Css and reinventing framework ?
I’m going to give a high-level overview of why it’s best for Quasar to have its own CSS framework.
- Control of quality & timely fixes. Quasar’s CSS framework is done with performance in mind. Most of the external CSS frameworks have their own JS library that must be loaded. You can’t expect everything to fit in the most efficient way. Also see #2.
- Quasar has multiple themes (currently Material and iOS with more to come). Quasar components must work with multiple themes. Each CSS framework requires its own markup. MDL for example does not have all the components built in Quasar. Some other framework might have feature X but not feature Y. Quasar is the most complete framework out there. It would be a mess trying to integrate different frameworks. Performance & efficiency would be out of the question.
- Writing a framework with which you can simultaneously write a desktop responsive website & mobile apps is something that currently doesn’t exist at the moment (this was one of the reasons I started working on Quasar). Electron wrapper coming soon. These capabilities raise a lot of issues and require special CSS classes, like make a <div> visible only on Mobile but not on desktop etc etc etc. All external CSS frameworks are nowhere tweaked as Quasar’s to handle these many environments.
- Since every external CSS framework has its own markup, how would you be able to write same code to generate UIs that look native for Android and iOS simultaneously?
I won’t get started to talk about the low level implementation cause the list would go on forever really The reasons above just scratch the surface on why it’s better for Quasar to have its own CSS framework.
druppy last edited by
Ok, thanks for taking you time to explain.
I think I understand, and your arguments are worth considering, I just worry when things look like reinventing the wheel
The special focus on for Quasar (platform themes), is a good argument, along with the logic normally found i other CSS (JQuery) libs make it hard to maintain a vue version of that logic part alone of the framework (like vue-strap and vue-mdl, that all take that approach) .
Does all this not, on the other side, require a bit more documentation of the CSS parts too, or have you been using names and css concepts that resembles the classic frameworks, to keep the learning barrier low ?
I think some of these arguments would be nice to have in some of the intro doc. Many developers are looking for new frameworks especially for vue2, and these arguments allong with the basic idea represent some of the philosophy behind Quasar.
With a good community … this could be really solid
Yes, documentation will be greatly improved after the API stabilizes and we’ll enter the first beta for v1.0 (happening soon). I’ve seen features that are under-used or not used at all and people trying to import external dependencies to have X feature (that is already in Quasar and working really well). It’s all documented, but people tend to not read documentation or skip steps. Also, the prerequisites I posted in the Getting Started are also overlooked so when reading documentation it’s really hard to understand how a Boolean Vue property can be used, or an event, and so on. Anyway, started rambling here. Main point is that yes, documentation will be greatly improved to focus on the most important use-cases.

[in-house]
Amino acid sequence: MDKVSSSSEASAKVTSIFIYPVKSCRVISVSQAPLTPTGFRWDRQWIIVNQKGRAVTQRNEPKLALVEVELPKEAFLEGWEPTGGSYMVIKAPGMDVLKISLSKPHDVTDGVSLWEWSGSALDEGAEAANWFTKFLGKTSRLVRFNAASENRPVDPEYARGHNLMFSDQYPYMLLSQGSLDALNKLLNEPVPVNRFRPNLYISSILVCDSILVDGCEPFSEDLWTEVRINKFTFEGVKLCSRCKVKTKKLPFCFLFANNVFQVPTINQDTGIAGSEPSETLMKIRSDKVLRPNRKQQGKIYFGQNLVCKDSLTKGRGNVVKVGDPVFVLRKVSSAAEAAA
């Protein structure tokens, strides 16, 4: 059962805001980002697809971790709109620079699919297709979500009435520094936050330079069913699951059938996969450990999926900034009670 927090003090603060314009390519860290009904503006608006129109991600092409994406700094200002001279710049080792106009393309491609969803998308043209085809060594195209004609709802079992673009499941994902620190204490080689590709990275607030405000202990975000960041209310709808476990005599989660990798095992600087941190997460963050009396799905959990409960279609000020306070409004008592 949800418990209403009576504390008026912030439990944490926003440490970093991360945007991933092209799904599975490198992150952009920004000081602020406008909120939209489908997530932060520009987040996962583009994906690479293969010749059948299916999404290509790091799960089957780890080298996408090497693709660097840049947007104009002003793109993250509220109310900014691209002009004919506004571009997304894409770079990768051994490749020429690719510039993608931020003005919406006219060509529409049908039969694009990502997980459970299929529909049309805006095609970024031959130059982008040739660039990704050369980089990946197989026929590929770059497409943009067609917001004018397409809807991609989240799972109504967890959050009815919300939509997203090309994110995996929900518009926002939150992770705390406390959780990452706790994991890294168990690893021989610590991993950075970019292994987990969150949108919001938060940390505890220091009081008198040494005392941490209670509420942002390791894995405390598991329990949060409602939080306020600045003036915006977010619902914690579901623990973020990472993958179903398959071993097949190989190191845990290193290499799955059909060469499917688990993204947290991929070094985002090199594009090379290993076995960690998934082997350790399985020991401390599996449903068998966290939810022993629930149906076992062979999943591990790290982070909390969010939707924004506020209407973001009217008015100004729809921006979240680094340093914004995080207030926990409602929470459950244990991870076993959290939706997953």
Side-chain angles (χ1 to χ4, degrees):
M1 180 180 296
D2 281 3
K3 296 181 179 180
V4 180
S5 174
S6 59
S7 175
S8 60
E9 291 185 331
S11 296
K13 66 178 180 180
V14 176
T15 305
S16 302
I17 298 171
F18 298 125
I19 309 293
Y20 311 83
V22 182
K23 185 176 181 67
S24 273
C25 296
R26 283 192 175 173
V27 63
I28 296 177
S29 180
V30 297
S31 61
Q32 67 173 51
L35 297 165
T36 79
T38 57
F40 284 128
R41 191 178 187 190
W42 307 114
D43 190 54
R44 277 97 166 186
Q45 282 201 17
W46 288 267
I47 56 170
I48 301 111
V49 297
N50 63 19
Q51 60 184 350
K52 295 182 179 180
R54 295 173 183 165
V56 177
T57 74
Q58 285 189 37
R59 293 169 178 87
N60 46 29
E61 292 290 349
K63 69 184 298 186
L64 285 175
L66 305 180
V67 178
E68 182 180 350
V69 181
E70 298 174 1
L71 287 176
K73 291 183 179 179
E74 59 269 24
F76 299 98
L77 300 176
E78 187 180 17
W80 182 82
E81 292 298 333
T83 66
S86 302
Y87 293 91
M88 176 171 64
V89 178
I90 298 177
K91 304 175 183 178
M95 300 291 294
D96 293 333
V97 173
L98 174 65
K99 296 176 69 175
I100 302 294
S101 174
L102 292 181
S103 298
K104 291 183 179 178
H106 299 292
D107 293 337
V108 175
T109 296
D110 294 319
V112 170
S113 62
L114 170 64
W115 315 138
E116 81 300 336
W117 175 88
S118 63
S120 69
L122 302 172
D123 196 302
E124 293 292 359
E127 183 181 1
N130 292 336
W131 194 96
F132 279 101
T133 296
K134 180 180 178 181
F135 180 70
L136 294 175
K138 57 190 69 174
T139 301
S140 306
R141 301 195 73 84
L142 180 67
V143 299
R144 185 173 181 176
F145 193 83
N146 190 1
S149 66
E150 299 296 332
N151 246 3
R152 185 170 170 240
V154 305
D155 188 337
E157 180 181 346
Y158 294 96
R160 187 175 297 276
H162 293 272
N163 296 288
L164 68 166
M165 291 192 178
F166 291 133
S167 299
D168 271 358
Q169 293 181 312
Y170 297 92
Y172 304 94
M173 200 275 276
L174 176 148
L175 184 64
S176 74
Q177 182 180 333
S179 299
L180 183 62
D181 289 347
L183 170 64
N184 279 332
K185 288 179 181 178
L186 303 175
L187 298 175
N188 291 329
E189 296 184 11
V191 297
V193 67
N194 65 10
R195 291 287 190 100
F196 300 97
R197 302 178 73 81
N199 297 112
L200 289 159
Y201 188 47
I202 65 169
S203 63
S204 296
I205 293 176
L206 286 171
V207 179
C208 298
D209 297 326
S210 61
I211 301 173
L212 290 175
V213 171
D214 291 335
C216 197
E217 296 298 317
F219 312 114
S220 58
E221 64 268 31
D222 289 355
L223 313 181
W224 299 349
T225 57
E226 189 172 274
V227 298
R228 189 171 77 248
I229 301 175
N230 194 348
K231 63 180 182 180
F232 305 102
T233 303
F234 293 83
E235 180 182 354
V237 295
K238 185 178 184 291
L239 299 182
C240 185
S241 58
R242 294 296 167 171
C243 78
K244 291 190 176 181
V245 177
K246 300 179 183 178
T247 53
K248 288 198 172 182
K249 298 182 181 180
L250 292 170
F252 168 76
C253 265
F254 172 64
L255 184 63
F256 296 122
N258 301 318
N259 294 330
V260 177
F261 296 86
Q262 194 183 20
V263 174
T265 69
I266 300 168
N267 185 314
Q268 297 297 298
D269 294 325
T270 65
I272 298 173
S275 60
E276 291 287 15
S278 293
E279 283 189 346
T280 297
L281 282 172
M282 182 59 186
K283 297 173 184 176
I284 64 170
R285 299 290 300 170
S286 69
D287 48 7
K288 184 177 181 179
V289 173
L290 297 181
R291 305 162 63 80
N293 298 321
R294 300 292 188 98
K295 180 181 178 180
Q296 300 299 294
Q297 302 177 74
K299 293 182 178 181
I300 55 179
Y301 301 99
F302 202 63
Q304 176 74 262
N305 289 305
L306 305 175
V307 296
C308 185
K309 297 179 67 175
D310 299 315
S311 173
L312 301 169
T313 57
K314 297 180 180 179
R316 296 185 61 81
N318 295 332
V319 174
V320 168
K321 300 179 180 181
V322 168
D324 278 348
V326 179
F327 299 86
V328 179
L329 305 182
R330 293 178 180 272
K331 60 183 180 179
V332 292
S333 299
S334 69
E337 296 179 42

Thanks for sharing your thoughts!
Yes, thanks for that update, I wondered the same thing about documentation.
Not having learned much practical Vue usage yet, but enjoying your implementation so far, I wondered if it would be possible to construct a single page containing available components to showcase, programmatically, the design principles being applied.
If doing this by using exist infrastructure, might it reduce the documentation overhead as the framework matures?
Just a thought, it was the first step I considered putting together myself so that I could understand themeing with Quasar in a visual way.
I like that you’ve steered away from existing style frameworks to ensure optimisation is maintained and markup structure isn’t tethered to same-same ways of thinking. The technical debt incurred by this approach will be a burden until the merits of the decision are well laid out.
EDIT: I have just now found and read through http://quasar-framework.org/components/list.html
Awesome, absolutely awesome way of presenting all of the component information.
I wrote the Quasar Play App which showcases the usage of all components. Included it in the documentation website (the demo examples on the right are from this Quasar Play). You have the “View source” button or you can jump in and see the whole app code here: https://github.com/quasarframework/quasar-play
I just wanted to follow up, with a question, on the responsive part.
The Components Guide shows all compontents in the context of a mobile screen. What would be the best way to see their style in a desktop context? I consider the responsive aspect really a significant differentiation to other frameworks in the eco-system. It might be beneficial to expose this in the Component Guide to show clearly it’s responsive capabilities.
Thank’s for Quasar. Great and impressive work.
On each page in the doc website where there is a demo showing up there’s also a “view on desktop” button. This is so because of screen real estate reasons.
And yes, this is a major differentiating factor.
I can’t spot this “view on desktop” button on the docs page. Could you describe where to find it, please?
I attached a screenshot, how the docs page appears to me.
@hwiehen Zoom out until https://github.com/quasarframework/quasar-framework.org/issues/3 gets fixed.
Found it. Thank you @rstoenescu .